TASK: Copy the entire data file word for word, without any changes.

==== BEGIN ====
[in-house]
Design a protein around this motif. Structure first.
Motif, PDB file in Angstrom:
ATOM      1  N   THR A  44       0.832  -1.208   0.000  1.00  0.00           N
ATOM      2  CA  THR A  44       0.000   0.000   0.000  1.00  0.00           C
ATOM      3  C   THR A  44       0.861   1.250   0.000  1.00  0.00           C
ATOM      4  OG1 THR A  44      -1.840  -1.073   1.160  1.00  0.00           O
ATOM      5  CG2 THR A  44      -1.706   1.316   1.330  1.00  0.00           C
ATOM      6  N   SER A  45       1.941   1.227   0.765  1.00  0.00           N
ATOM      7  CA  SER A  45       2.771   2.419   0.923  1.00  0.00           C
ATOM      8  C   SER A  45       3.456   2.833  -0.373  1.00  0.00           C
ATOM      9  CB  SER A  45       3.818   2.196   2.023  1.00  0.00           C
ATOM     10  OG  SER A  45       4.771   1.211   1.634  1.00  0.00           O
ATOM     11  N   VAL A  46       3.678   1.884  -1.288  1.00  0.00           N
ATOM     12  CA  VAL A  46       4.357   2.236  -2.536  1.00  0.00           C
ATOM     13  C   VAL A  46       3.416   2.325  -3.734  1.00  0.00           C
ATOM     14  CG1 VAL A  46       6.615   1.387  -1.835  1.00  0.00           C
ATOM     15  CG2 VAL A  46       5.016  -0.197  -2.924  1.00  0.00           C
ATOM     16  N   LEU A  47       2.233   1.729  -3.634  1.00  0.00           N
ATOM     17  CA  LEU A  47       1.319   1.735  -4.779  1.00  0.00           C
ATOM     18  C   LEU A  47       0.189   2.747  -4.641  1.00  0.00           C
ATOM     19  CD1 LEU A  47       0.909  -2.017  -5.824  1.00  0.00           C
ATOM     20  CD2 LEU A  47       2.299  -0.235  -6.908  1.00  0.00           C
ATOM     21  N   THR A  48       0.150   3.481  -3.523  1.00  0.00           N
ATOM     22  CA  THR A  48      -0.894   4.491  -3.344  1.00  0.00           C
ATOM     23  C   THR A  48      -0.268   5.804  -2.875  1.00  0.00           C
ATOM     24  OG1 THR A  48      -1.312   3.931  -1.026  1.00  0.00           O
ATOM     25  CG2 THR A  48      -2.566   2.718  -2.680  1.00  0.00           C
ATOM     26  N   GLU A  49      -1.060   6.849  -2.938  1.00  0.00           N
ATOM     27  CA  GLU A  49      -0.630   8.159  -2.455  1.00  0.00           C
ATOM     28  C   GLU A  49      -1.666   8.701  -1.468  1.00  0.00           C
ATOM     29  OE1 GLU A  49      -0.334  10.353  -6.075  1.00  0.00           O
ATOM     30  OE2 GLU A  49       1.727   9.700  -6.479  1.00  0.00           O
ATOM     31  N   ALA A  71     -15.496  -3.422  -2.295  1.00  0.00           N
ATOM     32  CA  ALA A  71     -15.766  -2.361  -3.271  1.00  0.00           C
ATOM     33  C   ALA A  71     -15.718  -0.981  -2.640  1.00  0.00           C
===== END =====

[in-house]
Design a protein around this motif. Structure first.
Motif, PDB file in Angstrom:
ATOM      1  N   THR A  44       0.832  -1.208   0.000  1.00  0.00           N
ATOM      2  CA  THR A  44       0.000   0.000   0.000  1.00  0.00           C
ATOM      3  C   THR A  44       0.861   1.250   0.000  1.00  0.00           C
ATOM      4  OG1 THR A  44      -1.840  -1.073   1.160  1.00  0.00           O
ATOM      5  CG2 THR A  44      -1.706   1.316   1.330  1.00  0.00           C
ATOM      6  N   SER A  45       1.941   1.227   0.765  1.00  0.00           N
ATOM      7  CA  SER A  45       2.771   2.419   0.923  1.00  0.00           C
ATOM      8  C   SER A  45       3.456   2.833  -0.373  1.00  0.00           C
ATOM      9  CB  SER A  45       3.818   2.196   2.023  1.00  0.00           C
ATOM     10  OG  SER A  45       4.771   1.211   1.634  1.00  0.00           O
ATOM     11  N   VAL A  46       3.678   1.884  -1.288  1.00  0.00           N
ATOM     12  CA  VAL A  46       4.357   2.236  -2.536  1.00  0.00           C
ATOM     13  C   VAL A  46       3.416   2.325  -3.734  1.00  0.00           C
ATOM     14  CG1 VAL A  46       6.615   1.387  -1.835  1.00  0.00           C
ATOM     15  CG2 VAL A  46       5.016  -0.197  -2.924  1.00  0.00           C
ATOM     16  N   LEU A  47       2.233   1.729  -3.634  1.00  0.00           N
ATOM     17  CA  LEU A  47       1.319   1.735  -4.779  1.00  0.00           C
ATOM     18  C   LEU A  47       0.189   2.747  -4.641  1.00  0.00           C
ATOM     19  CD1 LEU A  47       0.909  -2.017  -5.824  1.00  0.00           C
ATOM     20  CD2 LEU A  47       2.299  -0.235  -6.908  1.00  0.00           C
ATOM     21  N   THR A  48       0.150   3.481  -3.523  1.00  0.00           N
ATOM     22  CA  THR A  48      -0.894   4.491  -3.344  1.00  0.00           C
ATOM     23  C   THR A  48      -0.268   5.804  -2.875  1.00  0.00           C
ATOM     24  OG1 THR A  48      -1.312   3.931  -1.026  1.00  0.00           O
ATOM     25  CG2 THR A  48      -2.566   2.718  -2.680  1.00  0.00           C
ATOM     26  N   GLU A  49      -1.060   6.849  -2.938  1.00  0.00           N
ATOM     27  CA  GLU A  49      -0.630   8.159  -2.455  1.00  0.00           C
ATOM     28  C   GLU A  49      -1.666   8.701  -1.468  1.00  0.00           C
ATOM     29  OE1 GLU A  49      -0.334  10.353  -6.075  1.00  0.00           O
ATOM     30  OE2 GLU A  49       1.727   9.700  -6.479  1.00  0.00           O
ATOM     31  N   ALA A  71     -15.496  -3.422  -2.295  1.00  0.00           N
ATOM     32  CA  ALA A  71     -15.766  -2.361  -3.271  1.00  0.00           C
ATOM     33  C   ALA A  71     -15.718  -0.981  -2.640  1.00  0.00           C